Last week we left James Robertson in the small island ‘plane on his way to meet the hermit Peter Calvay in the Outer Hebrides. The meeting would change his life irrevocably for the better. But let the story continue and speak for itself.
All of a sudden the ‘plane rolled smoothly onto her side. Simultaneously we heard the voice of the captain. “We are now just passing over Oban. If you look through the windows on the right of the plane you can see Loch Linnhe, and at the head of the loch you will just be able to make out Fort William. Look slightly to the right and you will see Ben Nevis with a wreath of clouds around its belly. The mountains that you can see all along the horizon are the Grampians. Our present altitude is 12,000 feet, and we are now passing over the island of Mull.” I was on the right-hand side of the plane and the panoramic view I had of the Grampians was superb. Although I had made this trip several times before, it was the first time I could see anything apart from bank after bank of dirty woollen clouds.
A bird’s eye view of Iona
“If you look down to the left you will be able to see quite clearly the island of Iona, just off the extreme southwest coast of Mull.”
I didn’t care what they thought of me – I wasn’t going to miss this. I might never have another opportunity like this in my life. I stood up, smiled profusely, and rudely leaned immediately in front of my fellow passenger on the other side of the gangway. I could see he was not particularly pleased by my ill-mannered intrusion into his airspace, but I couldn’t have cared less. I wanted to see Iona. I did too, very clearly indeed. I could see small groups of people milling around the church and outhouses. My unwilling bedfellow was beginning his counter-attack by unleashing vile gravelly coughs into the side of my face. I knew the sound was artificially manufactured to give the impression of battalions of pernicious germs and viruses on the rampage. I did not want a direct confrontation so I effected a tactical withdrawal behind a battery of simulated smiles and resumed my seat.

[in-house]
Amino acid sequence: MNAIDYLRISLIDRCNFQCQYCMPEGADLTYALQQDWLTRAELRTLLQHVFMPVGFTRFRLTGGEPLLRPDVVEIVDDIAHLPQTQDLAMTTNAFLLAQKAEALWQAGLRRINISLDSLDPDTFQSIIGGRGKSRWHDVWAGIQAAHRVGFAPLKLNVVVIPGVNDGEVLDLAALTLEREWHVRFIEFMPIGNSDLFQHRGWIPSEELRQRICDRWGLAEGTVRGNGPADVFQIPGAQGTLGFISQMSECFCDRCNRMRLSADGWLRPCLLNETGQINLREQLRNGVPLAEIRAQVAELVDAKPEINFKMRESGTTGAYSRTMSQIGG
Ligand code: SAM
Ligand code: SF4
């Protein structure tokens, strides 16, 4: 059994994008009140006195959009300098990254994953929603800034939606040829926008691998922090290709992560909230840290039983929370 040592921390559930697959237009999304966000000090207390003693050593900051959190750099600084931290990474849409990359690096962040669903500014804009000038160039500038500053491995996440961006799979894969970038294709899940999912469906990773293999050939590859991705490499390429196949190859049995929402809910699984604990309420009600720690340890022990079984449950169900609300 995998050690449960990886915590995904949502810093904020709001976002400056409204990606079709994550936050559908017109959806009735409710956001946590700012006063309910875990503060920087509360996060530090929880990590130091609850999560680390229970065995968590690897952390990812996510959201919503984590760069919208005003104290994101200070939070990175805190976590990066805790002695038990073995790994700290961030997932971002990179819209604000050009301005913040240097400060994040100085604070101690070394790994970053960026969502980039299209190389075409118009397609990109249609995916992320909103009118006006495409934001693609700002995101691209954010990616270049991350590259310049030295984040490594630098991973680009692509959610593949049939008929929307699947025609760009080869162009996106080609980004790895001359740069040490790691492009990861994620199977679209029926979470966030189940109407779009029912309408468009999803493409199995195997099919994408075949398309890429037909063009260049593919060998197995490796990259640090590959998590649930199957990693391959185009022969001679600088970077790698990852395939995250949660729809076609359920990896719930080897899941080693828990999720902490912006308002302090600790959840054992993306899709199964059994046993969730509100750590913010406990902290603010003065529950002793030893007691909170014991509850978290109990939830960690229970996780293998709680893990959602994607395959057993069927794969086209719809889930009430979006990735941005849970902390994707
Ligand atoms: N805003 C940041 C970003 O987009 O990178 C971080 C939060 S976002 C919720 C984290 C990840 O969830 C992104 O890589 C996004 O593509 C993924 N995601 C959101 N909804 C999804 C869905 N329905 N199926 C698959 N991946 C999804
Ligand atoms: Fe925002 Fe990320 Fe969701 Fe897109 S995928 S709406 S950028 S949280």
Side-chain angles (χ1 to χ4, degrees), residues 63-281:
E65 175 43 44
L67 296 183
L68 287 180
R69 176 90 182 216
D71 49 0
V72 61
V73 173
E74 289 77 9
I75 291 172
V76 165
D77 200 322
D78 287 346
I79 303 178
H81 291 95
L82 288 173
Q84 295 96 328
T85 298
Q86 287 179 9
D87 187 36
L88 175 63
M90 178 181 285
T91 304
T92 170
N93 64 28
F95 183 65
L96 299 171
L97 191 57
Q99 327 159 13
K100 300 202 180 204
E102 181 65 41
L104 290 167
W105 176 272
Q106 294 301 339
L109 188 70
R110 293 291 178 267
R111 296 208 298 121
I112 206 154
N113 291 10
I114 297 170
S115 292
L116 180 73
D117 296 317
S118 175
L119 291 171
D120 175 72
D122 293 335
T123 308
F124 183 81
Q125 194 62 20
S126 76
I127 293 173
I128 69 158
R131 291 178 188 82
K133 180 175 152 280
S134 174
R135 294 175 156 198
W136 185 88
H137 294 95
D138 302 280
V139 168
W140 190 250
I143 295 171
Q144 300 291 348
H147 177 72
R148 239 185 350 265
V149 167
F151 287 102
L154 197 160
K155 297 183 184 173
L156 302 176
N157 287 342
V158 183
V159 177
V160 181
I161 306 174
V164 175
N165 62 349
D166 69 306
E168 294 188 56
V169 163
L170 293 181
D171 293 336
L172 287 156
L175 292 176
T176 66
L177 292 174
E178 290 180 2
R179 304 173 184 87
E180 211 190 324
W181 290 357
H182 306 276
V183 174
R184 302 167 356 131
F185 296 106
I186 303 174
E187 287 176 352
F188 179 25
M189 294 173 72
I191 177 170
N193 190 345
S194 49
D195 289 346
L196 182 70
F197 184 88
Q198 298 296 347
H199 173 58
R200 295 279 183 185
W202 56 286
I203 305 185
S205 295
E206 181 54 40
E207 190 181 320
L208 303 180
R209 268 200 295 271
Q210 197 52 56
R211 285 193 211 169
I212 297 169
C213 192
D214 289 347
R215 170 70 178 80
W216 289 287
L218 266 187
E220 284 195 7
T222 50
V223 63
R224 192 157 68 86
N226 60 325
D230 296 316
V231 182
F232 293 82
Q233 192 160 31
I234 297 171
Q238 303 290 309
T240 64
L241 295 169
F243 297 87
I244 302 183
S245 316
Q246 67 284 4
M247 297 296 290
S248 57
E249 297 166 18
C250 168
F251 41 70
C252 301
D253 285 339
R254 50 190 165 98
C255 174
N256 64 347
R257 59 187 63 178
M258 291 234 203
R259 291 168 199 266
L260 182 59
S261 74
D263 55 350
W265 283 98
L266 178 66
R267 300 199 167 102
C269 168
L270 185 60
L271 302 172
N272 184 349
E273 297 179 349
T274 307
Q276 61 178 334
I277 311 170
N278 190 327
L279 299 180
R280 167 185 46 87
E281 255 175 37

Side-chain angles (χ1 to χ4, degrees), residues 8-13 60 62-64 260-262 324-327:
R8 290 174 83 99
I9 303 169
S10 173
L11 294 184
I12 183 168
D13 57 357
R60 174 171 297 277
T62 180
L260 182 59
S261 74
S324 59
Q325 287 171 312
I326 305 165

I wanted to see the Hermit in person
My mind wandered back to the first letter I received from Peter. Sheila wrote as she promised, giving me his address. After I received Sheila’s letter, I began to realize something quite clearly. I had no desire to enter into a lifelong correspondence with a faceless spiritual director, however helpful he might turn out to be. For one thing, I hated writing letters of any sort, never mind long personal ones about my spiritual life. I knew this from the beginning, although I said nothing to Sheila at the time. I knew quite clearly what I wanted to do. I wanted to go to Barra to meet Peter face to face. I decided to write to him immediately. I explained what happened to me and how I almost committed suicide and how I became all but an alcoholic after the death of my wife. I said I fully realized his predicament, and of course it would be quite ridiculous and make life impossible for him if everybody wanted to consult him personally. However, I went on to stress the terrible hole I was in and how without help I might yet end my life, as there still seemed nothing to live for. I do remember I felt a bit of a fraud when I was sealing the letter, for I knew I had overcome the worst thanks to the help I received, and truth to tell, I had long since given up all thought of putting an end to my life.
The Hermit replies
I had to wait almost six weeks before Peter’s letter arrived. I dashed up to my room, closed the door like an excited, secretive schoolboy and settled down to read it undisturbed.
I must say, I was somewhat embarrassed by the complete confidence that you placed in me in your letter. I do hope Sheila has not been giving you the wrong impression. To be quite frank with you, I am only an ordinary bloke, and I just don’t feel I have anything to offer someone like yourself. I feel that quite apart from any other considerations, it would be a waste of time and money to trek all the way out here just to see me. I will attempt to answer your long letter in more detail in a few days as I’m a bit snowed under with work at the moment and I would need more time to think about the many issues you raised in it. Once again, my apologies for the delay.
I had already canonized him in my mind